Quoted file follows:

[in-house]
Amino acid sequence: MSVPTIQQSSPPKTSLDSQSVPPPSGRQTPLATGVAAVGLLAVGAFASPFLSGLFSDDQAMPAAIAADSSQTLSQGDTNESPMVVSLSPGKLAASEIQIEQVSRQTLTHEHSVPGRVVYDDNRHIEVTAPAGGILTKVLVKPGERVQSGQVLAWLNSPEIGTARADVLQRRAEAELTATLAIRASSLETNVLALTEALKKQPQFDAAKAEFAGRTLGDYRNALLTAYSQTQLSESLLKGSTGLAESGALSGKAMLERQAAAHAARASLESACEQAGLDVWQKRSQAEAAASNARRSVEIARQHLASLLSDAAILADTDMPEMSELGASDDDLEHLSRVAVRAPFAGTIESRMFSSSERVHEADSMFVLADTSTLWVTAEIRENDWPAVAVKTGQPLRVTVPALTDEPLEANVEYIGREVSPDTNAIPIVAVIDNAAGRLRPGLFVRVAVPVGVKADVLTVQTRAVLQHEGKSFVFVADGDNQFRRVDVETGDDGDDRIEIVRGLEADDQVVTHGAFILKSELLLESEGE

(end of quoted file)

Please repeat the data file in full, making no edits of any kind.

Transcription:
[in-house]
Amino acid sequence: MSVPTIQQSSPPKTSLDSQSVPPPSGRQTPLATGVAAVGLLAVGAFASPFLSGLFSDDQAMPAAIAADSSQTLSQGDTNESPMVVSLSPGKLAASEIQIEQVSRQTLTHEHSVPGRVVYDDNRHIEVTAPAGGILTKVLVKPGERVQSGQVLAWLNSPEIGTARADVLQRRAEAELTATLAIRASSLETNVLALTEALKKQPQFDAAKAEFAGRTLGDYRNALLTAYSQTQLSESLLKGSTGLAESGALSGKAMLERQAAAHAARASLESACEQAGLDVWQKRSQAEAAASNARRSVEIARQHLASLLSDAAILADTDMPEMSELGASDDDLEHLSRVAVRAPFAGTIESRMFSSSERVHEADSMFVLADTSTLWVTAEIRENDWPAVAVKTGQPLRVTVPALTDEPLEANVEYIGREVSPDTNAIPIVAVIDNAAGRLRPGLFVRVAVPVGVKADVLTVQTRAVLQHEGKSFVFVADGDNQFRRVDVETGDDGDDRIEIVRGLEADDQVVTHGAFILKSELLLESEGE